Our last house had an odd modern design which we loved. Part of the charm was the living room with its 25 foot ceilings and open space into other levels; rooms with half-walls and odd angles everywhere. To my joy it sounded very good! And my wife didn’t object when I cut through the wall to wall carpet and drilled through the floor to run my large diameter Transparent Reference cables through the basement! Here’s a shot from above which shows some RPG diffusers (Skylines) and several Room Lens Helmholtz resonators. I am sure the 250 pound marble coffee table placement didn’t help, but I had no cure for that. Once when my wife was out of town I put wheels on the couch between the speakers and wheeled it away. No real difference in sound, though there was a small bone of contention raised by that handiwork.
At the time, Rives audio design services were touted online and elsewhere. I called Richard Rives, and after a short while, agreed to their tier 2 service – they’d design the room but not personally oversee its construction. I feared paying for top tier travel expenses involving FRONT of the airplane seating at high prices.
There was some back and forth: the $4000 line conditioner suggested was dropped. I remember it was an industrial model weighing in at 400 pounds! Also I decided I wanted some windows and natural light. Then, Richard assumed the rear wall would be shelves, bookcases, etc., and that wasn’t what I had in mind. I added doors to the outside. It IS a give and take process, for certain. As you’ll learn, the finished project was a blend of ideas. Power is supplied by dedicated circuits from a 100 amp box just outside the room.
The house was being built while we lived 1200 miles away. Careful instructions to the builder (and Rives blueprints) were given, yet visiting the site only every few months gave me little true perspective. Also, since the listening room would be special, it was to be completed last, due to the amount of custom work which would be necessary. Enter the builder’s brother, Max, who is the trim guy.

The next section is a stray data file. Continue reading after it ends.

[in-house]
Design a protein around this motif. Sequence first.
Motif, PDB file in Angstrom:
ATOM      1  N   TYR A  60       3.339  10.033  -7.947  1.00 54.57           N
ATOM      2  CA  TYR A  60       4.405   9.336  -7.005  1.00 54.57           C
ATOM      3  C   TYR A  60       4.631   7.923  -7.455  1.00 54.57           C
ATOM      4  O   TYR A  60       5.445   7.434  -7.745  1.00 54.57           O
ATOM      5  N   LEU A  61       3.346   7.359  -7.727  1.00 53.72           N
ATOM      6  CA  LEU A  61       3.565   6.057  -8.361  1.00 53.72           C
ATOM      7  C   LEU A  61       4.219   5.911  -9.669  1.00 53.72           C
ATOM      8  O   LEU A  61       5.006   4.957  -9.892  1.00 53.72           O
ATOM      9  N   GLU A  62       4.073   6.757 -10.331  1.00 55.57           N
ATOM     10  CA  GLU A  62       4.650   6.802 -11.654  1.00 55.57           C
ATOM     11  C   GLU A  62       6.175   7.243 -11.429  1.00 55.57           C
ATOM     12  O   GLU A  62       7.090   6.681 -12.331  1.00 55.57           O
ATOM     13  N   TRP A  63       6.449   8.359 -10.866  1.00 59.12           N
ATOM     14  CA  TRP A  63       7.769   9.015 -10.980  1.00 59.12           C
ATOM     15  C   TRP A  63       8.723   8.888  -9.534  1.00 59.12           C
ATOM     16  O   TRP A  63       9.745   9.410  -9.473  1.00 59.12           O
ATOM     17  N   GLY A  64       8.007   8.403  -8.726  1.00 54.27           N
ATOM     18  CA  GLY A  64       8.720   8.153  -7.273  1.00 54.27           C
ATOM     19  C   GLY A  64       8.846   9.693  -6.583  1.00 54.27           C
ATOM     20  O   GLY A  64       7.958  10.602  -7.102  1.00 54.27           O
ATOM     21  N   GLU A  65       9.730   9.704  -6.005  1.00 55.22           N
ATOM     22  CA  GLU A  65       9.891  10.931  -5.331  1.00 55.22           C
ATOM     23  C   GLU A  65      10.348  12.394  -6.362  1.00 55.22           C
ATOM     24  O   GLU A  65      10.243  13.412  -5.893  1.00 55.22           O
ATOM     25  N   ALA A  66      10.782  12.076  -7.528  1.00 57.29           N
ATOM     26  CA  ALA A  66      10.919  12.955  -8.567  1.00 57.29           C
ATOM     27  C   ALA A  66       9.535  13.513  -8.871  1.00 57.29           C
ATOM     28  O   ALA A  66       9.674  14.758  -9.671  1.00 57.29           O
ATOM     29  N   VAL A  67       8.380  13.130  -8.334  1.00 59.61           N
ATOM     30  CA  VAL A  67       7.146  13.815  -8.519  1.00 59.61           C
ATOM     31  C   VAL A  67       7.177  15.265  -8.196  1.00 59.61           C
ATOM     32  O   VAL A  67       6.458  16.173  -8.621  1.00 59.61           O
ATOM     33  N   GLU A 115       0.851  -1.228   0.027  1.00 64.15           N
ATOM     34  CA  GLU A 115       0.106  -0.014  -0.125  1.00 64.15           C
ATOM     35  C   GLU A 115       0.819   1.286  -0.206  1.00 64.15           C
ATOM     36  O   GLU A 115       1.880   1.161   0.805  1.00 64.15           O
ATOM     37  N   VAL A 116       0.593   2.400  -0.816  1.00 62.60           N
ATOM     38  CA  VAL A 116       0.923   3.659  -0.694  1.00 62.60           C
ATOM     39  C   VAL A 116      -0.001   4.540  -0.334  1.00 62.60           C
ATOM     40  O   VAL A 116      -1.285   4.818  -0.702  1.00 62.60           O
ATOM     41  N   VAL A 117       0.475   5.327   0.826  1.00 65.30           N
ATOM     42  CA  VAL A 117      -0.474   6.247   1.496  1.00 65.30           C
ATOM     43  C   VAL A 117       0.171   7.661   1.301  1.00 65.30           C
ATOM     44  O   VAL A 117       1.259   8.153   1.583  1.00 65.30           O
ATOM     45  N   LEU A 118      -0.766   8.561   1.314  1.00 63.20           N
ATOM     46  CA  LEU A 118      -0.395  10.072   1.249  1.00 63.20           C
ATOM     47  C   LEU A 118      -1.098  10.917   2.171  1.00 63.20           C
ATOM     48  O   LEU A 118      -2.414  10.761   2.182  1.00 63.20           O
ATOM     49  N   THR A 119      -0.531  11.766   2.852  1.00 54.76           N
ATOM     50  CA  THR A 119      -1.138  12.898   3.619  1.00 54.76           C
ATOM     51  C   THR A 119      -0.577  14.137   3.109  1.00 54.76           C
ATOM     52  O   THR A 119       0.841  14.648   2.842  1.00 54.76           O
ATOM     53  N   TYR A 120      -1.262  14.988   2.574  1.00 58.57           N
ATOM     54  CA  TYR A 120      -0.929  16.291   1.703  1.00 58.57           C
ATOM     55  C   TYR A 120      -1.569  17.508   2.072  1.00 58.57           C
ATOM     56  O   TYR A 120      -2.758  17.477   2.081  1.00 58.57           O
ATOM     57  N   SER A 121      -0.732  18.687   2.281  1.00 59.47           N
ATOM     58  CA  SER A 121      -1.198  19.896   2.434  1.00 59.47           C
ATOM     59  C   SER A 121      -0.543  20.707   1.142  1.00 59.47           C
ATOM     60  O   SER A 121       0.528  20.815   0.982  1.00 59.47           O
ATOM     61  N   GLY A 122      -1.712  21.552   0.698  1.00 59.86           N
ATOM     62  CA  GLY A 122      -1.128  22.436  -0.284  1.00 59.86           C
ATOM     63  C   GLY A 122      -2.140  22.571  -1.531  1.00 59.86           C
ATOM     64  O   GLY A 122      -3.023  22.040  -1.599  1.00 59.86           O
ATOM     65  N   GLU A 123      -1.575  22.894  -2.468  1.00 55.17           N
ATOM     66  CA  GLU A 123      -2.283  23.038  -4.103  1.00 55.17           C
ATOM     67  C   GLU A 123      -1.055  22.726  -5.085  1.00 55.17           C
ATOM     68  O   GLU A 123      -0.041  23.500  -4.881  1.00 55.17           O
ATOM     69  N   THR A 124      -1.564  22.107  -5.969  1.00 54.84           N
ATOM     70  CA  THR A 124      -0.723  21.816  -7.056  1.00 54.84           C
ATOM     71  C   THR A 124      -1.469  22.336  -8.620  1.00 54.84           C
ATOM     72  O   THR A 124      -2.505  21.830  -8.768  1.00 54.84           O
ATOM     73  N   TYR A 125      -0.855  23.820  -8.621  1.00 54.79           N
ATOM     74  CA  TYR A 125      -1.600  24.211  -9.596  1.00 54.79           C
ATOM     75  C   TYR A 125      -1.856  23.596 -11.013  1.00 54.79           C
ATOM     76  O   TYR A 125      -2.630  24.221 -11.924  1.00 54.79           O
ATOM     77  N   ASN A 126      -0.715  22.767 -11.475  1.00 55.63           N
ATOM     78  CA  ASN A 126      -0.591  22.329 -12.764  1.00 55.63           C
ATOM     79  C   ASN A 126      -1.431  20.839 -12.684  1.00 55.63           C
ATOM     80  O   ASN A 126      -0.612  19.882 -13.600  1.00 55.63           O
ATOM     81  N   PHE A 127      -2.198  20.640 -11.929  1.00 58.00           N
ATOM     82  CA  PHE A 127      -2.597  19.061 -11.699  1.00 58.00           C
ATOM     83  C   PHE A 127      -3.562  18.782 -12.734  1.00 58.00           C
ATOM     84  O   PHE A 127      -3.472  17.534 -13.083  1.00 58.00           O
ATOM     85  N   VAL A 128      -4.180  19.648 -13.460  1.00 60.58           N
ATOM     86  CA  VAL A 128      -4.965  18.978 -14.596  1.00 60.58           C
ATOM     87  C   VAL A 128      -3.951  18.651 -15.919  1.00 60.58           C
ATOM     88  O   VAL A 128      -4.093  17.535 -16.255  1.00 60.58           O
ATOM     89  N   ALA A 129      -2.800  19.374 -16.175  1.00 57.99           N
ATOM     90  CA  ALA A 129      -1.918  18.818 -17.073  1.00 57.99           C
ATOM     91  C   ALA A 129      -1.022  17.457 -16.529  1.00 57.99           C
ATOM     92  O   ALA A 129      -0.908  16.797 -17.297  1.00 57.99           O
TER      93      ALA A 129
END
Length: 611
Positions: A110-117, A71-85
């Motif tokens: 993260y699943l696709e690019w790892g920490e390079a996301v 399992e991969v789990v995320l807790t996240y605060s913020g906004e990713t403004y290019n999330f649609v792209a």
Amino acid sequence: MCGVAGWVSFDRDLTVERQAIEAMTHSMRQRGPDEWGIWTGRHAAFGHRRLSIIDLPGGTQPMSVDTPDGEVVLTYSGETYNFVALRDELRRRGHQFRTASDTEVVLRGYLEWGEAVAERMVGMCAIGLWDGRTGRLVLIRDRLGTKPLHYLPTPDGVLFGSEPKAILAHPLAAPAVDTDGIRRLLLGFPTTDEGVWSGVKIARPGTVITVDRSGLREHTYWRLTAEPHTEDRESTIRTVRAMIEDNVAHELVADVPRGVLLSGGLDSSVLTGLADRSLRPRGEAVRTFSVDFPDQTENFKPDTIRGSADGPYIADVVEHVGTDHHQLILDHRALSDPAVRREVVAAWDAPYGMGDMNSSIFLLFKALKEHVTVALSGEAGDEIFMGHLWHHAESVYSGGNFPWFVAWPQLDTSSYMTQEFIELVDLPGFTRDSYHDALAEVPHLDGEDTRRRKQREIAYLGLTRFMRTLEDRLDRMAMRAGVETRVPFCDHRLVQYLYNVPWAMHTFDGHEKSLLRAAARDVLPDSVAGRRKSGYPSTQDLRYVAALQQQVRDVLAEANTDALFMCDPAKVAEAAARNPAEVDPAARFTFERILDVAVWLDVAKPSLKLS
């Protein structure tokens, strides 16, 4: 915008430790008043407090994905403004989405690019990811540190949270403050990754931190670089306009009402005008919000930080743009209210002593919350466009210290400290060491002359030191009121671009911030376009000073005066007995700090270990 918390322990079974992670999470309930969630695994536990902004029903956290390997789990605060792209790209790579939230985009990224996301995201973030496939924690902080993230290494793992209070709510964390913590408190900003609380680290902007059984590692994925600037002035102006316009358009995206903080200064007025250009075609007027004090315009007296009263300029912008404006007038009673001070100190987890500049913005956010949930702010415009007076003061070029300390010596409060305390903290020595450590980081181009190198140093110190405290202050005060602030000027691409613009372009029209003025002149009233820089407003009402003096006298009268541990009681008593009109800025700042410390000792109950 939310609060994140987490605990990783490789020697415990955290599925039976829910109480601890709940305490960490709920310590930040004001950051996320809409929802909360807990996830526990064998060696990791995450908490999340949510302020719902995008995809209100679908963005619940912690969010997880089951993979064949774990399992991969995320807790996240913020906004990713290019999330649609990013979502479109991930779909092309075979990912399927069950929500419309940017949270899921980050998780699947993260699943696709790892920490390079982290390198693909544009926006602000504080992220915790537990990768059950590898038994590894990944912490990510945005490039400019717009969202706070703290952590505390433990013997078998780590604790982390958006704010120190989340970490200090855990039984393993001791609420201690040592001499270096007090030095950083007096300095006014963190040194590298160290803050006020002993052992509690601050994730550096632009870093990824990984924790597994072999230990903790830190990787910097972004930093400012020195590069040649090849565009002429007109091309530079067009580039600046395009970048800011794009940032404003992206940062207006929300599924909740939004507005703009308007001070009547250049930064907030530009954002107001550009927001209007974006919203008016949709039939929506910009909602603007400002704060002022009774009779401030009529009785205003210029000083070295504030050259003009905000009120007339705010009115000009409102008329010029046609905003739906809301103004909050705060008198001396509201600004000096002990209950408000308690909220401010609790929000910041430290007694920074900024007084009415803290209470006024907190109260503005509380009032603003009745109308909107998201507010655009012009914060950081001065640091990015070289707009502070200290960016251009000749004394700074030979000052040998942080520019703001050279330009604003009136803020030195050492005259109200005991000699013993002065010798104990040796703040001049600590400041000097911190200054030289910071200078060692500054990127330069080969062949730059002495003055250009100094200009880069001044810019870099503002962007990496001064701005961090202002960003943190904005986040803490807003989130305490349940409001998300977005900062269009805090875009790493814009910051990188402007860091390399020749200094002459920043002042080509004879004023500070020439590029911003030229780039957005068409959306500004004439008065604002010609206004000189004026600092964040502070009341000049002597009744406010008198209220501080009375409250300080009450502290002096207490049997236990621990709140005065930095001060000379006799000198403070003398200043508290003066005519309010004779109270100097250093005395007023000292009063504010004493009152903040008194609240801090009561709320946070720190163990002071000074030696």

I think the finished room looks quite good. Max says he’d never want to do THAT again. He put many many hours into this room, much of it doing things he never did before, like stretching fabric.
We put in enough A/C runs to cool the equipment closet as if it was running a 1500 watt electric heater. Later I sold my ARC VT-100MKII, my PS AUDIO P600 and P300. I went with Nuforce amps, then switched to a Classe CA-2200. Looking back, though, I’d advise overdoing the HVAC, because I realize now the air returns are outside the room so the room has to vent through the equipment closet as the windows are fixed and I seldom open the doors to the outside. That’s actually a nit to pick. I also wish I had the room on its own zone. Someday I may retrofit it that way. I hear no noise through the ducts even though we did no mitigation. Note – I measured it – there IS noise… at about -40db.
The whole house has a 10Hz wave throughout. After 5 years here, I found it! It’s the always-hot hot water pump, circulating hot water fulltime throughout the house. It’s in the garage in a closet, but vibrates the sheet rock just enough.
The ceiling has a large area inset into it into which are channels of 1 inch thick 12 inch square boards set into channels full of fiberglass. One channel tilts at about 45 degrees one way, the adjacent one 45 degrees the other way. I shot some pictures and sent them to Rives – the word came back (as Max groaned) to put twice the number of boards up there!
My gear was set into the wall and the back of it was placed in a narrow closet with bi-fold doors. The rack just fit by a millimeter. My idea was to get the rig away from vibrations, even though I use Aurios under the amp and source, a heavily modified SONY SCD-1 player. I’ve experimented with myrtle wood blocks and BDR cones but can’t hear any change for the better.